When we are recognized for a strength, our tendency is to play to that strength; sometimes again and again. It feels good and gives us confidence to do so. So, if you are someone who tends to be good at solving problems, and you’ve earned a reputation for doing just that, you may rely on that ability often. On the surface that may not seem to be a problem. After all, you get paid to come up with novel solutions to the challenges you and your organization face.
“Just knowing you don't have the answers is a recipe for humility, openness, acceptance, forgiveness, and an eagerness to learn - and those are all good things.” – Dick Van Dyke
It can be incredibly disheartening for those on your team to come to work day after day and not be able to use all of their intelligence and ability. And when we set ourselves up as the answer man, that is exactly what they can experience.
“The person who figures out how to harness the collective genius of his or her organization is going to blow the competition away.” – Walter Wriston
Something else you’ll notice is that your people tend to come to you when they’re facing a dilemma and ask for your assistance. They will take very little time to search for answers. They’re not lazy – it’s simply human nature for them to let you continue to be the problem-solver. After all, that’s what you’ve trained them to do.
You’ll also notice that you’re tired… maybe even overwhelmed. You are the source for all the answers in your organization or on your team. That is a heavy burden, certainly. You spend so much of your time tending to all manner of issues that you find very little time to get your own work done. It’s an unsustainable situation.
And there’s hope. Here are three simple things you can do to extract yourself from being the know-it-all leader and begin to cultivate more of the innate genius that already exists in your organization. After all, you hired these folks. An intelligent leader like you would never hire incompetent people! It’s time to get out of the way and let them do what you hired them to do.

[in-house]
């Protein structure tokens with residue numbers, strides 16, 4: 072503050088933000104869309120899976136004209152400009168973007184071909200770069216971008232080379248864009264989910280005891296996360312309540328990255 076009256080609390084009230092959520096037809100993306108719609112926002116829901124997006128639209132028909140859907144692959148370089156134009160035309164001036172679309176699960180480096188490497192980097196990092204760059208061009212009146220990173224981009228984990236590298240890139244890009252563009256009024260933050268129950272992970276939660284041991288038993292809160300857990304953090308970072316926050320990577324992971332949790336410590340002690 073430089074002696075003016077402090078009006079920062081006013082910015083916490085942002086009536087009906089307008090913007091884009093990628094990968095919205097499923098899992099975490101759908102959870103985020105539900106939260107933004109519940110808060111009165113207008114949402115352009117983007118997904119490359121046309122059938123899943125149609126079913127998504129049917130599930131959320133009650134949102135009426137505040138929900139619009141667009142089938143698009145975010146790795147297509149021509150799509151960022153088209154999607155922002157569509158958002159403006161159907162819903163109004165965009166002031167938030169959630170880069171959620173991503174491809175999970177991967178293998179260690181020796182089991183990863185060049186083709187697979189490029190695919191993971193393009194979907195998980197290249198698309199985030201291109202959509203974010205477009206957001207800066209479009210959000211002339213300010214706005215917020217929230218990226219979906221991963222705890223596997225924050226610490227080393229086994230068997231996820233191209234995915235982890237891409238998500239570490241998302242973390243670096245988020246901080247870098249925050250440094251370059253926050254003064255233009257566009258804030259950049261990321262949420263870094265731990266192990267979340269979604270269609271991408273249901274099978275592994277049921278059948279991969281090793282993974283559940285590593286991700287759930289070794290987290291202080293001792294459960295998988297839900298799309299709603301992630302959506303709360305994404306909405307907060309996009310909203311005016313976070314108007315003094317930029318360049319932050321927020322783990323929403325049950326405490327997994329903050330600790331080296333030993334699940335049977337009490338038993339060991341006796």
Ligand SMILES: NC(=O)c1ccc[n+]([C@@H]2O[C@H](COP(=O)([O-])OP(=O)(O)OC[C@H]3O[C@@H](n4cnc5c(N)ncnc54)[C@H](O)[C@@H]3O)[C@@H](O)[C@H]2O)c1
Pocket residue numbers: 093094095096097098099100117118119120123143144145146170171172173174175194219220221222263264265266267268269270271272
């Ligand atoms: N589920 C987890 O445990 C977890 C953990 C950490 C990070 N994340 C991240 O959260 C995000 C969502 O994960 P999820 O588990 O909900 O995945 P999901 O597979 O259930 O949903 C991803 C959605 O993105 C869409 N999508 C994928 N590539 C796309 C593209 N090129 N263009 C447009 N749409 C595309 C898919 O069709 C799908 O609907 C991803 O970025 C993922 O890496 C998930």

First and foremost, stop telling people what to do or giving them your answers immediately, and instead ask them for their input. When faced with a challenging situation, they may come to you for assistance, and rather than solving the problem for them, instead ask, “I see the challenge. What are your thoughts on how we should approach this?” Now, that is just the start. Once you’ve asked the question, you have to actually wait for the answer.
“I have always been much better at asking questions than knowing what the answers were.” – Bill James
Second, become a better listener. In meetings, in the hallways and informal situations, start to listen to what’s being said by your folks. Hear the intelligence that exists within your team that up until now you may have overlooked. Sometimes when we think we already know the answers, we can turn off our listening and end up missing what might be a new and novel approach to the challenge that we haven’t considered.
“The biggest piece of advice I have is - listen. Don't jump to the answer or what you think the answer is. The more you listen, the more you learn.” – Tim Ryan
Who knows? You just might discover a level of intelligence that you never knew was there. And in the process, you’ll find yourself more available to focus on your own work rather than carrying the burden of the entire team or organization.